To summarize, we found that not only the second-long timescales of bursts integration are needed for segregation, but also the temporally-symmetric feature of BTDP. In particular, the negative and symmetric BTDP window at long temporal delays in firing, mutually inhibited the simultaneous growth of ON and OFF synaptic weights, thus providing the necessary synaptic competition without implementing additional homeostatic mechanisms, in contrast to STDP. In

The ratio of final (

(A) Temporal evolution of synaptic weights with

Kerschensteiner and Wong

We showed that BTDP can explain ON/OFF segregation in the developing LGN of mouse by integrating activity (i) over timescales relevant to the inputs, and (ii) irrespective of the order of pre- and postsynaptic activity. Furthermore, half of the studied data sets (1–3) demonstrated dominance of ON segregation, and the other half (sets 4–6) demonstrated dominance of OFF segregation. To understand why BTDP successfully captured segregation without additional homeostatic mechanisms (but not standard STDP, nor STDP with extended timescales), and to determine which features of the inputs specified ON versus OFF dominance, we dissected the linear model of Equation 7 (

For comparison, in STDP with subtractive normalization the RGC firing rates dominated segregation due to the millisecond-long integration timescales, while the contribution from the correlations cancelled due to the temporal asymmetry of STDP. In BTDP, however, we show that the RGC correlations dominate segregation due to the matching second-long integration timescales, and are further intensified by the temporal symmetry of BTDP. The entries in the plasticity matrix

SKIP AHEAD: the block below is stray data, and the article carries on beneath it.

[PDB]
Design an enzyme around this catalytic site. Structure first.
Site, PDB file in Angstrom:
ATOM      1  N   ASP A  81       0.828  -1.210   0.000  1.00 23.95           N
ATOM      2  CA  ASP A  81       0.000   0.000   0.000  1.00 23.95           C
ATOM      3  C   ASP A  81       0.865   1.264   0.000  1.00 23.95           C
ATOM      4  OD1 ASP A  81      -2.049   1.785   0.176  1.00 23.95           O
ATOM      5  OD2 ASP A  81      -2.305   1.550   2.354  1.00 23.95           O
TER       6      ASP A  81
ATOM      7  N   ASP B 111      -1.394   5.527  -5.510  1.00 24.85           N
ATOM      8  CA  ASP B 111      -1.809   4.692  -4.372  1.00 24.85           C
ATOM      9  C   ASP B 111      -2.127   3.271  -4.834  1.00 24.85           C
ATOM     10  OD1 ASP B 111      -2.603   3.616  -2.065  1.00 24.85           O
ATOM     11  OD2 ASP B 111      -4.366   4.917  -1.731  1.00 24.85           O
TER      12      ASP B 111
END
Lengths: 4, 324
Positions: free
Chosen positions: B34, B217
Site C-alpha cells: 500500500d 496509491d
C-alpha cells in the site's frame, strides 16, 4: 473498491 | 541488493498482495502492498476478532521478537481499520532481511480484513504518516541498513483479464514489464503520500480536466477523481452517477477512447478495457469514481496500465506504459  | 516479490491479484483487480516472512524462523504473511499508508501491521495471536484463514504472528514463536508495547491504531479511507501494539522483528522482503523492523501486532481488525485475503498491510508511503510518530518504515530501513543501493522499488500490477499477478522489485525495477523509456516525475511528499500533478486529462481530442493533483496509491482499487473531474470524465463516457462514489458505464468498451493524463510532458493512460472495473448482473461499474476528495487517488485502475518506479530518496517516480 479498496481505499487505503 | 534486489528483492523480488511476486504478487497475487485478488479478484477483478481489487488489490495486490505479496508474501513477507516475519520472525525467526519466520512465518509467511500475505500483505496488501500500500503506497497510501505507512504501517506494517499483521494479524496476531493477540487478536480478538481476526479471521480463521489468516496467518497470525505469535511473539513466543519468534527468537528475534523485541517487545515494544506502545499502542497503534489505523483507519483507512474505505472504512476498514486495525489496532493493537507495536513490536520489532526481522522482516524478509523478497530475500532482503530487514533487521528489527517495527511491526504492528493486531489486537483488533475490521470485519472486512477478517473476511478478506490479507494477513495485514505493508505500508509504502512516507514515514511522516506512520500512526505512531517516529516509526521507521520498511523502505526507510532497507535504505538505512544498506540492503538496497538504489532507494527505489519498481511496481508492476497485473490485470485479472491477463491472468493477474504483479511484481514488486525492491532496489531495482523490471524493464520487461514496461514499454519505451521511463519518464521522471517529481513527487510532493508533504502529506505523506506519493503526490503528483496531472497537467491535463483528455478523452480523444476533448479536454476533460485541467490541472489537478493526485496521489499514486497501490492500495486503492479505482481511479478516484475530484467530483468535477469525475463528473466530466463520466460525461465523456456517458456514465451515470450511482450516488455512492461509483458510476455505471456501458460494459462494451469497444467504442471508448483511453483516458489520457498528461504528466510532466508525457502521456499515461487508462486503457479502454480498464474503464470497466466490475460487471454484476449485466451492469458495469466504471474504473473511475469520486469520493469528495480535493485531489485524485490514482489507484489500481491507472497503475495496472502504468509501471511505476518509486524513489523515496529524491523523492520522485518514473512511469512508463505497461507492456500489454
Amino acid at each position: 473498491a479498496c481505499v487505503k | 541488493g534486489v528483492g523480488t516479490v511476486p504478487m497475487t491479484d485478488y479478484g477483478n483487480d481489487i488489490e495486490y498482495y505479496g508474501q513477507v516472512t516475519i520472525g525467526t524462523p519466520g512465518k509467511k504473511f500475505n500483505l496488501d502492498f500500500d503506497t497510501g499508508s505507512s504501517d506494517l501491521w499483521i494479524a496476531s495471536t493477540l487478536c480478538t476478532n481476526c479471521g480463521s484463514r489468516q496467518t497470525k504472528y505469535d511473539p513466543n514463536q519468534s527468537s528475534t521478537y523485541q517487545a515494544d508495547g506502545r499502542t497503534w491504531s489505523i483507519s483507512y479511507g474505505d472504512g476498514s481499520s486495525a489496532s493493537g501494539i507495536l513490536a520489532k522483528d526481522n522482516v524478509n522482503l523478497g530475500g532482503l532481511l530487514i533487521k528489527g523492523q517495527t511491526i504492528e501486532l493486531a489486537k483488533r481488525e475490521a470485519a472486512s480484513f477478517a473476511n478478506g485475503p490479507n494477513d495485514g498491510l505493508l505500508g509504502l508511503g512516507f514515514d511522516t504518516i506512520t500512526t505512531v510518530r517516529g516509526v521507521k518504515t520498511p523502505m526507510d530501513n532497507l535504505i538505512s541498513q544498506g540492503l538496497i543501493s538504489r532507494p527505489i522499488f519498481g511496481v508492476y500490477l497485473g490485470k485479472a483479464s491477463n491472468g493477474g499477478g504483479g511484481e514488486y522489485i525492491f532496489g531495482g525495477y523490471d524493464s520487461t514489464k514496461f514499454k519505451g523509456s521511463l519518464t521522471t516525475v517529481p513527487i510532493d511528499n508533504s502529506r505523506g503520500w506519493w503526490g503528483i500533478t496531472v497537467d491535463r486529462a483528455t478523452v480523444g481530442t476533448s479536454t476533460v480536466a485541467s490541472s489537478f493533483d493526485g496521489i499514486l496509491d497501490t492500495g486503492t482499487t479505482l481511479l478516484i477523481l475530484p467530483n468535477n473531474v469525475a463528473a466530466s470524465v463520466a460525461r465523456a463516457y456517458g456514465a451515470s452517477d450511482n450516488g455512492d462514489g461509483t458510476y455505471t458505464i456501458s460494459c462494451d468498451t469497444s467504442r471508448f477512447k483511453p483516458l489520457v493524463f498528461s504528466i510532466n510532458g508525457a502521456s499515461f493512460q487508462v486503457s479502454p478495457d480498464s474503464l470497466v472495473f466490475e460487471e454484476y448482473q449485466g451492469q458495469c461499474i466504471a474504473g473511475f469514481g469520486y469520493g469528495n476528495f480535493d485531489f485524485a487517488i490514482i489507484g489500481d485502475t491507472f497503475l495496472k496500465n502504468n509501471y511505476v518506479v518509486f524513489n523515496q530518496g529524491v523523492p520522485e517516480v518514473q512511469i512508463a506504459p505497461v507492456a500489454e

(A) (left) ON dominance. Factors which determine segregation for data sets 1–3 (data set 1 in

A matrix of this form has eigenvalues

Even though this interpretation of the reduced linear model does not directly use the recorded spike trains in each data set (whereas the simulated integrate-and-fire model does), but instead uses fitted estimates of the correlations computed from the most correlated cell pairs, results from the linear and integrate-and-fire models agree (

In

Extending integration timescales of STDP to the relevant input correlation timescales results in the plasticity matrix